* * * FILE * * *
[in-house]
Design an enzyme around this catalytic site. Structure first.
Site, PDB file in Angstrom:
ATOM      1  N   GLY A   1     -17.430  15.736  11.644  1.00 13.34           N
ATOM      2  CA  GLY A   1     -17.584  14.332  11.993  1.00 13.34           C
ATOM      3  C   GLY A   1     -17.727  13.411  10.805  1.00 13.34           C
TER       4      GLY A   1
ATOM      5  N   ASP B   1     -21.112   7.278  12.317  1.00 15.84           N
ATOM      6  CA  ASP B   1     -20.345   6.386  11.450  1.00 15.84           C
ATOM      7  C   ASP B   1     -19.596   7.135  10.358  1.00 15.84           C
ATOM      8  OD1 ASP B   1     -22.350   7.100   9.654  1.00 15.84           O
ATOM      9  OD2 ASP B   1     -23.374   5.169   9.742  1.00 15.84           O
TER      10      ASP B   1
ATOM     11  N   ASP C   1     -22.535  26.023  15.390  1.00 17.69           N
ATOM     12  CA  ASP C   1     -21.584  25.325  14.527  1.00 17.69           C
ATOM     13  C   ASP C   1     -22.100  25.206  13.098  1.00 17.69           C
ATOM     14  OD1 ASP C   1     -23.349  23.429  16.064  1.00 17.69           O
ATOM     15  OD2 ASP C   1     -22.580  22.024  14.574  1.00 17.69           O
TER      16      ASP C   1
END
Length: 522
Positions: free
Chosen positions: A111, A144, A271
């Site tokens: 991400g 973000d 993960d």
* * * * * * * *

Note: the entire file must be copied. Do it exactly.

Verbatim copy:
[in-house]
Design an enzyme around this catalytic site. Structure first.
Site, PDB file in Angstrom:
ATOM      1  N   GLY A   1     -17.430  15.736  11.644  1.00 13.34           N
ATOM      2  CA  GLY A   1     -17.584  14.332  11.993  1.00 13.34           C
ATOM      3  C   GLY A   1     -17.727  13.411  10.805  1.00 13.34           C
TER       4      GLY A   1
ATOM      5  N   ASP B   1     -21.112   7.278  12.317  1.00 15.84           N
ATOM      6  CA  ASP B   1     -20.345   6.386  11.450  1.00 15.84           C
ATOM      7  C   ASP B   1     -19.596   7.135  10.358  1.00 15.84           C
ATOM      8  OD1 ASP B   1     -22.350   7.100   9.654  1.00 15.84           O
ATOM      9  OD2 ASP B   1     -23.374   5.169   9.742  1.00 15.84           O
TER      10      ASP B   1
ATOM     11  N   ASP C   1     -22.535  26.023  15.390  1.00 17.69           N
ATOM     12  CA  ASP C   1     -21.584  25.325  14.527  1.00 17.69           C
ATOM     13  C   ASP C   1     -22.100  25.206  13.098  1.00 17.69           C
ATOM     14  OD1 ASP C   1     -23.349  23.429  16.064  1.00 17.69           O
ATOM     15  OD2 ASP C   1     -22.580  22.024  14.574  1.00 17.69           O
TER      16      ASP C   1
END
Length: 522
Positions: free
Chosen positions: A111, A144, A271
């Site tokens: 991400g 973000d 993960d």